When Mae West pronounced that too much of a good thing sometimes is a good thing, she probably didn't have the versatile molecule nitric oxide (NO) in mind. However, biologists at Washington University (St. Louis) have shown that a high concentration of NO in osteoclast bone cells might keep them from eating away too much bone, preventing bone loss associated with such diseases as osteoporosis. A team led by Philip Osdoby, a professor of biology, introduced an antibody into the osteoclasts that halted bone resorption, a process where bone is gnawed away by osteoclasts that are too numerous or too active. Biochemical tests showed that, after adding the antibody, an increase in NO occurred, followed by decreases in bone resorption. Osdoby believes that NO acts as a signal to turn the osteoclast off. "With a better understanding of how NO is regulated in osteoclasts, we may be able to develop new strategies to prevent bone loss," Osdoby adds. E-mail Susan_Killenberg@aismail.wustl.edu .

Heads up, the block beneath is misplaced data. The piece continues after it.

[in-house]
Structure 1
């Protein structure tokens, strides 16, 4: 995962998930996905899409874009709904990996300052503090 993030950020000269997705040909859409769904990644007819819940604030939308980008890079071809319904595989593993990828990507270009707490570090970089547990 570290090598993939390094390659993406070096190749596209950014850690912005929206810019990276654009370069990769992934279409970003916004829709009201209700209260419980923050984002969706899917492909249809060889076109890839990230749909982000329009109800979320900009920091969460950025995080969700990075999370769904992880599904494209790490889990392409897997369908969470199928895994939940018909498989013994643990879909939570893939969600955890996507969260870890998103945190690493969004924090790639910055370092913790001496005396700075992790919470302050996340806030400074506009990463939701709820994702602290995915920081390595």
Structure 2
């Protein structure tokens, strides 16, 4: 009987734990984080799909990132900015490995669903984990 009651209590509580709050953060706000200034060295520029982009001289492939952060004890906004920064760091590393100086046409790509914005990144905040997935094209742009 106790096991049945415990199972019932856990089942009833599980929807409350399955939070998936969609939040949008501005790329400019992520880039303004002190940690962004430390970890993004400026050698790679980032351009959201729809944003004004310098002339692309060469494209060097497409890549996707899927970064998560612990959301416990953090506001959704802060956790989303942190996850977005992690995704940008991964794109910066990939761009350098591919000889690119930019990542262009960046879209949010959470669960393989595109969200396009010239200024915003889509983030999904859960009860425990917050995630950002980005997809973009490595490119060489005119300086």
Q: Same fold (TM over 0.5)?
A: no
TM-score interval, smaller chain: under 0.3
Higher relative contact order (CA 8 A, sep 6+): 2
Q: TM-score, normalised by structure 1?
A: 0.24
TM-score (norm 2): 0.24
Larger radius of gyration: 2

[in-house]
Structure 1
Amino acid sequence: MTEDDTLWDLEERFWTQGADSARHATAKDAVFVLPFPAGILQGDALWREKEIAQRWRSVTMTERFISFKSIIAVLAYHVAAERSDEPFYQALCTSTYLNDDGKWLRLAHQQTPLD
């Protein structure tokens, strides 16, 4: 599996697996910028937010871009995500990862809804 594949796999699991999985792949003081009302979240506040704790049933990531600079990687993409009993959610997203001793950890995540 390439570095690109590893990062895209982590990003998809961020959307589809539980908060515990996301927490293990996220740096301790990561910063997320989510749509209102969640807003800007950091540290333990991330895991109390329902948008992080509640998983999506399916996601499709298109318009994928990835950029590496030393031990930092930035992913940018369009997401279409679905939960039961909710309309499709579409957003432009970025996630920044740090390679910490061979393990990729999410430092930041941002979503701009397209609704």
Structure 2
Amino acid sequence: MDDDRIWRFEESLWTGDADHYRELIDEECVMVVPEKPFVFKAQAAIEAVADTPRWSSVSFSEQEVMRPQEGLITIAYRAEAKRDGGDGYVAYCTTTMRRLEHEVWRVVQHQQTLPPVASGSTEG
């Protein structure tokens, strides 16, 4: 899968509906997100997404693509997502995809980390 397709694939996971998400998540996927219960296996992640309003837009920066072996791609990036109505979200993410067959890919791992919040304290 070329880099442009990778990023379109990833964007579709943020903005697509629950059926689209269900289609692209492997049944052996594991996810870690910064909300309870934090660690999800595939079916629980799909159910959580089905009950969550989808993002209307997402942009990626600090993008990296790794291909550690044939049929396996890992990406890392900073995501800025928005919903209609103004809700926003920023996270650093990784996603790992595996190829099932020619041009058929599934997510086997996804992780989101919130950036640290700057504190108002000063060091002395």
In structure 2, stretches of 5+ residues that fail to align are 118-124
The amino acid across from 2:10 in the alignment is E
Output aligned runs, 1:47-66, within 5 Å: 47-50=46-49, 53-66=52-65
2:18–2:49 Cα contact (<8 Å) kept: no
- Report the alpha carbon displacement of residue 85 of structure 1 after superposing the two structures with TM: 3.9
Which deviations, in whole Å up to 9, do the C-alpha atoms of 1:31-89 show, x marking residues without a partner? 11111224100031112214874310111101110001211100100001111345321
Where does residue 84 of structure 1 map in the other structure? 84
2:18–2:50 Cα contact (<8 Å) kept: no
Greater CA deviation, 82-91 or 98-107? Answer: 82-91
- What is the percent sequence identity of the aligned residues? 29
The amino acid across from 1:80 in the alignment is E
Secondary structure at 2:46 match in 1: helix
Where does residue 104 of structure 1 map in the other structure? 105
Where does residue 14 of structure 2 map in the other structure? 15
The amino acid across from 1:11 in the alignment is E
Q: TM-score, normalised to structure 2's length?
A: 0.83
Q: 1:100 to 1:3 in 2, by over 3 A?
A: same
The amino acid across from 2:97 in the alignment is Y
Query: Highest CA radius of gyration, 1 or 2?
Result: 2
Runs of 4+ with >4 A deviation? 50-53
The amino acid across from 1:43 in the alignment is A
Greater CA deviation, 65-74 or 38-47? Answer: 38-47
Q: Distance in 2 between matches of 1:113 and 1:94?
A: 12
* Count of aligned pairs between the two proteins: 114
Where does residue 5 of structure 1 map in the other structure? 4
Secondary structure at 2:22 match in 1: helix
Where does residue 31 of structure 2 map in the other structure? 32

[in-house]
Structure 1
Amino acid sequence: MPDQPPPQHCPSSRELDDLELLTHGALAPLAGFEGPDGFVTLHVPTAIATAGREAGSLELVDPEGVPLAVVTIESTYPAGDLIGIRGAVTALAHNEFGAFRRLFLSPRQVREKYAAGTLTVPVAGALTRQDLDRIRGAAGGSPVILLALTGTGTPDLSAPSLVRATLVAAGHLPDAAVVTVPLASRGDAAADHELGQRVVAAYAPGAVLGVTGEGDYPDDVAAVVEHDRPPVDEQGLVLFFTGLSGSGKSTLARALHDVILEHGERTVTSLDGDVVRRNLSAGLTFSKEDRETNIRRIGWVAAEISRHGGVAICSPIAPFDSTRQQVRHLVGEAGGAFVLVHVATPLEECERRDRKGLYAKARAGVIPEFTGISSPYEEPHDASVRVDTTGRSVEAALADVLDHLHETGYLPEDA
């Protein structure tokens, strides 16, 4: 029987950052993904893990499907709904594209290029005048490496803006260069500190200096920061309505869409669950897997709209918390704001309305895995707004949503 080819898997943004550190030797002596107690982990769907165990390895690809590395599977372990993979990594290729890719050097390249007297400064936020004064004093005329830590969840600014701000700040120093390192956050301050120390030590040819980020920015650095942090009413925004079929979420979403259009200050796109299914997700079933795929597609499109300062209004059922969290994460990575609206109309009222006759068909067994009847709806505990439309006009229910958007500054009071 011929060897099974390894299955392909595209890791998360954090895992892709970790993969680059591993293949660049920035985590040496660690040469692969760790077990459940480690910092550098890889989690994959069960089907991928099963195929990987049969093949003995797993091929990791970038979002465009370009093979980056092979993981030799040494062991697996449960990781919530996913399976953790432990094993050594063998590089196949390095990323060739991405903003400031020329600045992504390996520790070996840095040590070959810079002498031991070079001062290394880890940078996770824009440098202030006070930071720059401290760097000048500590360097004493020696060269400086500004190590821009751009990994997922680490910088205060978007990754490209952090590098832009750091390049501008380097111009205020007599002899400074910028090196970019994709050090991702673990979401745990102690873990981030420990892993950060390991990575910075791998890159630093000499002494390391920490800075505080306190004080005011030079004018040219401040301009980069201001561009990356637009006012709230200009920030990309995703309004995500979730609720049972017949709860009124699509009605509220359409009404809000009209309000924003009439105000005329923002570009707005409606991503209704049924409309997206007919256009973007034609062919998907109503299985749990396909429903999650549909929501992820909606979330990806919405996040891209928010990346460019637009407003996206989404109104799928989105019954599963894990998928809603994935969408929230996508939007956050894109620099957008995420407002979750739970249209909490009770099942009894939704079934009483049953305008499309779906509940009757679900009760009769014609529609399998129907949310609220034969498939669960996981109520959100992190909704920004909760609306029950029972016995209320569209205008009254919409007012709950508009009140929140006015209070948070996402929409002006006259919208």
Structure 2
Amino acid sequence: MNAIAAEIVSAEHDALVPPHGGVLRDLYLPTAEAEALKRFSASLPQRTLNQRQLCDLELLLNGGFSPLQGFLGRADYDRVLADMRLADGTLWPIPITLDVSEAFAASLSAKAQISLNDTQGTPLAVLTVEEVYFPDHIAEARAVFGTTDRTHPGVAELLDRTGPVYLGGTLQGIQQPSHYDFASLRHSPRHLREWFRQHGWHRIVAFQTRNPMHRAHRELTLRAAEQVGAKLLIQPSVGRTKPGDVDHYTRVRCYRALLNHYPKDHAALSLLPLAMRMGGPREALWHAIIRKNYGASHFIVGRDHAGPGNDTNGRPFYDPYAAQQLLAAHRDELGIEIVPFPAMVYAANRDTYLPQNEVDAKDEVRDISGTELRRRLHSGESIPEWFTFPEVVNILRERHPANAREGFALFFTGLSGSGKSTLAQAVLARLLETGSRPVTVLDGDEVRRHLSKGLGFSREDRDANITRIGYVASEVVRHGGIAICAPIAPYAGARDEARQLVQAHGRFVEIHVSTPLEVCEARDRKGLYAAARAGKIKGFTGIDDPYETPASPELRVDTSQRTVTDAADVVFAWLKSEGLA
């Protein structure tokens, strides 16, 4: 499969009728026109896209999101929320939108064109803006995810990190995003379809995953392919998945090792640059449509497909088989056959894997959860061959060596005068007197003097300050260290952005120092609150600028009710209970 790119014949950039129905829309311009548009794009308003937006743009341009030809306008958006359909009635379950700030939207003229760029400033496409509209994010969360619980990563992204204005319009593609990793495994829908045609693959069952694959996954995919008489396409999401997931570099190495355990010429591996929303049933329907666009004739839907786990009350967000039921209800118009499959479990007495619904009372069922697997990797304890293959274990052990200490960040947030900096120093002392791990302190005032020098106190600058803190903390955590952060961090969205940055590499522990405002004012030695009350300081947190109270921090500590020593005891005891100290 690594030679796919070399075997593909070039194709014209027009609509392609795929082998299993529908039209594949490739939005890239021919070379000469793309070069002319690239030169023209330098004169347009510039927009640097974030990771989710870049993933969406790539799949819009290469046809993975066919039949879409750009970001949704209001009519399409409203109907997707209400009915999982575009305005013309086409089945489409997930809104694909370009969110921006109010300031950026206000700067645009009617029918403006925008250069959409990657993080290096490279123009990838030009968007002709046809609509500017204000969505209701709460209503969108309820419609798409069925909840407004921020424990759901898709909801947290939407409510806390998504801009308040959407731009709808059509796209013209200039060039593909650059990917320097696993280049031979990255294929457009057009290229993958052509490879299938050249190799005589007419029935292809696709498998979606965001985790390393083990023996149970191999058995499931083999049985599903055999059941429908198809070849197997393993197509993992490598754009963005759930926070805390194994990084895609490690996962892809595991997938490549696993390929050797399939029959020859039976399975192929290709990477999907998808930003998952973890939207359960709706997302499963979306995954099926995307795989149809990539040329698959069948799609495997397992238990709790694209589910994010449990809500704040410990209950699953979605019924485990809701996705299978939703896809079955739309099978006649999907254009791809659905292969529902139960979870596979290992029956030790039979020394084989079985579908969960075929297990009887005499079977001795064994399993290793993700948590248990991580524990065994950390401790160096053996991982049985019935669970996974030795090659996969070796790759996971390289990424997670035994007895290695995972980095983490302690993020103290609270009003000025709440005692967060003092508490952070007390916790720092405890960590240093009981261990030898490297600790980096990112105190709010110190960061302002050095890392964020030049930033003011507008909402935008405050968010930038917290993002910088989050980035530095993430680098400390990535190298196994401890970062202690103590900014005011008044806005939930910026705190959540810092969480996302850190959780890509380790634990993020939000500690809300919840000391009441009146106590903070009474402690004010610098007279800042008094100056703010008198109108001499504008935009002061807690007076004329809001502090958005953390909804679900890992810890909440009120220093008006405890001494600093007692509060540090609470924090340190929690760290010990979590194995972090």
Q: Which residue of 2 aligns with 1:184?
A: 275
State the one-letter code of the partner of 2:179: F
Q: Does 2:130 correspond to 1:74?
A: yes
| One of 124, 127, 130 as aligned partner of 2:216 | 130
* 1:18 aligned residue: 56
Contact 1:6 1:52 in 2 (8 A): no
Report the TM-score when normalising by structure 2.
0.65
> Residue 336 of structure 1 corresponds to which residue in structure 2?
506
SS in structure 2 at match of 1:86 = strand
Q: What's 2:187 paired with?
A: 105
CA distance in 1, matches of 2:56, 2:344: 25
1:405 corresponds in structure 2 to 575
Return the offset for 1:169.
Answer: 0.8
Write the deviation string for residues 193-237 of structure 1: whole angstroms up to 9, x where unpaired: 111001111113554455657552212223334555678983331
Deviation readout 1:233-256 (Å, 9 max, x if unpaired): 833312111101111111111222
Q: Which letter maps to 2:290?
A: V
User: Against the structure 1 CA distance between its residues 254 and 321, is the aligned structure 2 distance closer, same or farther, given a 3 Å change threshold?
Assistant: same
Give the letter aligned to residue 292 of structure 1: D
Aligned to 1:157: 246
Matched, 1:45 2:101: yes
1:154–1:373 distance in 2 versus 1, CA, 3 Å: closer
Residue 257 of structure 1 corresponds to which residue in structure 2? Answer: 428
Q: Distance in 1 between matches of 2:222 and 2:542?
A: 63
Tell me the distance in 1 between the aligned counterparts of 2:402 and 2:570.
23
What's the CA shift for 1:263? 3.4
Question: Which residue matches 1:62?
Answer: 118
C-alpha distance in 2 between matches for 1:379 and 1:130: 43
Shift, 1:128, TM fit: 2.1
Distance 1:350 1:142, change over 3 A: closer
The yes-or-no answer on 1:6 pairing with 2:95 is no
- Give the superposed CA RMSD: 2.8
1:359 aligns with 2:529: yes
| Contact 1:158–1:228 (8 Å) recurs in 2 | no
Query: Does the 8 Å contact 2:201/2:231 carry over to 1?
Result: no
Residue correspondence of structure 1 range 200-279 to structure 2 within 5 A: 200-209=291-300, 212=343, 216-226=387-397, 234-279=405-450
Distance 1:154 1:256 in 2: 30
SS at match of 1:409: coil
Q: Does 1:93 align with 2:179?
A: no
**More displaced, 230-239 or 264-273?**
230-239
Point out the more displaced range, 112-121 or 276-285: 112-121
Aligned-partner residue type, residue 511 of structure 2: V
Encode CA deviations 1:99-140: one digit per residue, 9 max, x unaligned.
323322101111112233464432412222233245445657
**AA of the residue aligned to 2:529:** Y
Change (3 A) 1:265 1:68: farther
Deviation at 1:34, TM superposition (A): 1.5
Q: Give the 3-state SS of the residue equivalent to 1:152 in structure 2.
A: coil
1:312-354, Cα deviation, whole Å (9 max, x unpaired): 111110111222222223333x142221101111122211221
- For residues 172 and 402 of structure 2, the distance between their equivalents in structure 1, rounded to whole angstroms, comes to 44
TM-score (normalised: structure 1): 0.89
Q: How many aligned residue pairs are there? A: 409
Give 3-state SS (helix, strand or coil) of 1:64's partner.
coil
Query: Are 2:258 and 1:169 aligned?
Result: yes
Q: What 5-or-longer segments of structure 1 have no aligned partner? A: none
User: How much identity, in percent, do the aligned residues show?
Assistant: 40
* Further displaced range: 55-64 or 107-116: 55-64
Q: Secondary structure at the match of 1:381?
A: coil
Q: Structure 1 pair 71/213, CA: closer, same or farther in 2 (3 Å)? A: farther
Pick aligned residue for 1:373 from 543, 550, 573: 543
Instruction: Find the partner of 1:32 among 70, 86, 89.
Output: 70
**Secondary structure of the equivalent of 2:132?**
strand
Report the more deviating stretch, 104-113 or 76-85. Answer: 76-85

On Memorial Day, Americans remember the sacrifices the US armed forces have made, and continue to make, in service to the country. All of us should also consider the developments in technological capabilities and equipment over the years that contribute to the success of our military operations.
Focus on Fundamentals consists of 45-minute on-line classes that cover a host of technologies. You learn without leaving the comfort of your desk. All classes are taught by subject-matter experts and all are archived. So if you can't attend live, attend at your convenience.